Too busy writing to a deadline to be able to post this earlier, but in retrospect it’s worth reading, maybe?
In the movie About Time, on his 21st
birthday Tim is introduced by his Dad to a secret: the men in the family can
return in time to ‘re do’ parts of their lives.
Tim chooses to redo his wedding reception
several times because his choice for best man keep botching the toast:
His best friend Rory, another lawyer, has read
a book on toasts, and following its advice, tells a story from work, one buried
in the intricacies of tort law, which is boring and drier than desert salt.
His Dad’s crude writer friend starts off with
a string of profanity declaring that as a professional writer he asked first
what he would be paid to make this speech.
Another friend stoops to crude sexual stories
about Tim’s earlier girlfriends.
Finally, Tim asks his last choice to step into the breach.
His father at least makes a simple toast: “to the man with the worst haircut and the
best bride in the room.”
But his father is not happy with it. He forgot
to say he loved Tim. So Tim’s father does a redo.
The second time Tim’s father makes it simple,
and profound, as if he was born to this, as if it was his calling. He says: The
one big thing is I’ve loved three men in my life: well my father was a frostly
old guy. So that leaves Uncle Desmond, B.B. King, of course, and this young
And then comes the inspired wisdom from the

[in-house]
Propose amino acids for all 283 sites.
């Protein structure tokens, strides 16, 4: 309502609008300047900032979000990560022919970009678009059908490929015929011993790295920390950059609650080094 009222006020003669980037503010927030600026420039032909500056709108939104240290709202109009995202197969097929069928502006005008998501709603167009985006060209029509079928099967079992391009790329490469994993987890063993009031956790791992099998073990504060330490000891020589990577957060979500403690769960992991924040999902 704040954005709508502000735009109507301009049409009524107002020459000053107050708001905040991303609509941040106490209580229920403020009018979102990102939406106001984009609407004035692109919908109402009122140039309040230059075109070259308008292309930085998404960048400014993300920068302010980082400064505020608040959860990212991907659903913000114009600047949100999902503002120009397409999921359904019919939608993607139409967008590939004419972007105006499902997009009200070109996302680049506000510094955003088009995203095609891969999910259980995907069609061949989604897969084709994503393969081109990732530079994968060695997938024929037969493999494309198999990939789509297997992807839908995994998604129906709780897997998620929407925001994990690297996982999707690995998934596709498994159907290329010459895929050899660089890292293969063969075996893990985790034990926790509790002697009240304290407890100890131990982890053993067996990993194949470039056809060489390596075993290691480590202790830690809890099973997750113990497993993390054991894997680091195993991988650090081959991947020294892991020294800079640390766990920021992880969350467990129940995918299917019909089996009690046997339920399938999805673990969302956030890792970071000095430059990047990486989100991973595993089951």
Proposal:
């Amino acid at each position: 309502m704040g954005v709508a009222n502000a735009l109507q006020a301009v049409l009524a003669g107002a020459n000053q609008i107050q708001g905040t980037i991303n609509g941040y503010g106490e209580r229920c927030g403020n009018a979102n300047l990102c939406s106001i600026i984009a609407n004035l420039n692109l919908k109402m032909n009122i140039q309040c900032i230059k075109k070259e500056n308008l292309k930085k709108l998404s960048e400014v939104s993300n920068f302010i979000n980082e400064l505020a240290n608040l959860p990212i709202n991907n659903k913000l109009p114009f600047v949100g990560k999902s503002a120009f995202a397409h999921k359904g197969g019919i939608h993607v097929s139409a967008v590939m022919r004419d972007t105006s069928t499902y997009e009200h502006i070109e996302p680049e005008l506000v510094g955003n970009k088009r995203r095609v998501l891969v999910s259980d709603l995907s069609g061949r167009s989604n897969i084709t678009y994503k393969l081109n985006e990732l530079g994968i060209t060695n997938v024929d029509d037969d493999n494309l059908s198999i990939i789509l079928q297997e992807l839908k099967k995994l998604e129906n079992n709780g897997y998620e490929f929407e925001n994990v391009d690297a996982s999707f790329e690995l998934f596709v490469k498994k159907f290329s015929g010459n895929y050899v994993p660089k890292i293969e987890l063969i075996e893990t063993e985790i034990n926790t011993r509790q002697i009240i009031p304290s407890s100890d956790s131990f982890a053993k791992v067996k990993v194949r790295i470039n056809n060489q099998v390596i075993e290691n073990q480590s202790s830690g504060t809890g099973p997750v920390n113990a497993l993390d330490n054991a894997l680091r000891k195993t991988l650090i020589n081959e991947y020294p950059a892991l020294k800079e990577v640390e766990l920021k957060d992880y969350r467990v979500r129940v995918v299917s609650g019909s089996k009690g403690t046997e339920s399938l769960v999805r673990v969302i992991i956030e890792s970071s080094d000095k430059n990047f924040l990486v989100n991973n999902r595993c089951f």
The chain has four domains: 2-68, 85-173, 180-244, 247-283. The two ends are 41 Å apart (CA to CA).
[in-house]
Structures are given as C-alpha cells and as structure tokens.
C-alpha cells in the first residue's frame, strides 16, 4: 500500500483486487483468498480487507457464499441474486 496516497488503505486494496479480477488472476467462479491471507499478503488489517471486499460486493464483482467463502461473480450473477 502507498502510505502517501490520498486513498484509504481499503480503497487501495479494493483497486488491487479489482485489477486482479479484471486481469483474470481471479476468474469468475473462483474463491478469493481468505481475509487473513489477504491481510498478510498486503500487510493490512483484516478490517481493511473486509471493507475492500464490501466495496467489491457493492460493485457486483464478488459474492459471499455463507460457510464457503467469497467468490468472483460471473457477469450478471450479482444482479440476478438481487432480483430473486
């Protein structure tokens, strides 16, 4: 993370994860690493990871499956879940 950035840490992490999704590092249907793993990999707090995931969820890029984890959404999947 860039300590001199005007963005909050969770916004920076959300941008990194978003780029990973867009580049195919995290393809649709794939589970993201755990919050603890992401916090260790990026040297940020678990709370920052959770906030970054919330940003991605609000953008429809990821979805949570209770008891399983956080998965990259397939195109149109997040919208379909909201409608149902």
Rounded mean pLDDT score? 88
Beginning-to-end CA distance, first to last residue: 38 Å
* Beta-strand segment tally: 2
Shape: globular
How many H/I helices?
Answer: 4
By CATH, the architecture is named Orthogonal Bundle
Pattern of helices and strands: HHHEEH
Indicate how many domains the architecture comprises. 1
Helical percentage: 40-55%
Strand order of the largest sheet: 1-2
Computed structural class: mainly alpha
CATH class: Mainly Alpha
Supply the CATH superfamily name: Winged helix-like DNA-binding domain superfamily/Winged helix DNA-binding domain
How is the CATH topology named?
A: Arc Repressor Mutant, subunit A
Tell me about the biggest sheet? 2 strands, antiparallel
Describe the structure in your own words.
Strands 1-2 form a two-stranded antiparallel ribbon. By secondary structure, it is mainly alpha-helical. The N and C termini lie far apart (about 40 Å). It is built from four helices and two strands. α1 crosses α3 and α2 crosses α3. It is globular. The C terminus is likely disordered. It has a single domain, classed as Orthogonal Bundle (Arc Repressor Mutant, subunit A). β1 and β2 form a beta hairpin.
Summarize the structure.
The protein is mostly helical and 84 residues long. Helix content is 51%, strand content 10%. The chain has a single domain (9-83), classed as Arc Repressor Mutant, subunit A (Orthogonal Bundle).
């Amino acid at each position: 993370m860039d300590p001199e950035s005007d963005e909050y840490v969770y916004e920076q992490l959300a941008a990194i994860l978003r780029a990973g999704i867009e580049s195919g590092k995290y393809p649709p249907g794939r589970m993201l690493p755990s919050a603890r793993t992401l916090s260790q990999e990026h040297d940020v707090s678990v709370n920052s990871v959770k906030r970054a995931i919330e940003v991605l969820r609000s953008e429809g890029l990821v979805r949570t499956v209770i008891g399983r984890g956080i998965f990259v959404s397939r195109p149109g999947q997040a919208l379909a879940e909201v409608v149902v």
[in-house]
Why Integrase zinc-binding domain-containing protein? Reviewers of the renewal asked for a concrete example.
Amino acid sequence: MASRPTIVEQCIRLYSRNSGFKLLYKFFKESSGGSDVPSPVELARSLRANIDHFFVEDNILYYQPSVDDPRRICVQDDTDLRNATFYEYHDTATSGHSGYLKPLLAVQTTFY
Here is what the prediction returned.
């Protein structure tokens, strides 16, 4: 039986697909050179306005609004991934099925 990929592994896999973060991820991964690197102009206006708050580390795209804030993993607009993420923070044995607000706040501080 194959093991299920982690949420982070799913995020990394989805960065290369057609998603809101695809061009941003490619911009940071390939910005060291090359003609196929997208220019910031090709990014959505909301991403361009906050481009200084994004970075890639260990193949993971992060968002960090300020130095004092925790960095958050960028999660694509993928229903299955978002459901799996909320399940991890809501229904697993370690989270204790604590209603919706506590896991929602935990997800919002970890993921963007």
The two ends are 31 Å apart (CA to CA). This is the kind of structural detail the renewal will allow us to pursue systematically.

writers: ‘In the end we are all quite similar. We all grow old and tell the
same stories too many times.’ The father’s only wedding advice is to ‘find
someone to marry who is … kind.’ ‘And this man is a kind man’, he says
referring to Tim.
Marriages all have their challenges, and none
are easy. But you can work through most all of that … if you are kind.
Congregations are the same. We can work
through most anything … if we are kind. Or to be more honest, the bar is much
higher. We can work through anything … if we love one another, even our
enemies, and God with all our hearts, minds and strength.
In the readings for today a theme of vocation
for various people connects everything together. Martin Luther talked about
vocation as what God calls us to do with our lives.
not like a vacation: it is what one does for work that works … for others.
is to vocate, (ok that really is not a word)
vocation as a verb is like vocalizing
with one’s doing, or to vocalize with one’s being, one’s being in motion and
action, vocation is to be someone alive intentionally in God’s creation.
Vocation is one’s calling. While one’s profession is what
one does because one has trained for it and gained the necessary skills and
qualifications; a vocation is the innate ability in an individual towards a
particular occupation, activity or responsibility.
is your vocation? Likely you have
more than one, either at the same time or your vocation has migrated or maybe
completely changed over time.
finds out in today’s lesson that his vocation is not to be envied: he is, as he
was to be since before he was born, a prophet. One of those people charged with
telling the awful truth to God’s people, truth that they in no way want to
hear. A person who is less listened to than abused for the news they bring.
Jeremiah is not too eager for this beginning. He knows he is not qualified. And
he tries his best to side-step this terrible vocation, this awesome vocation,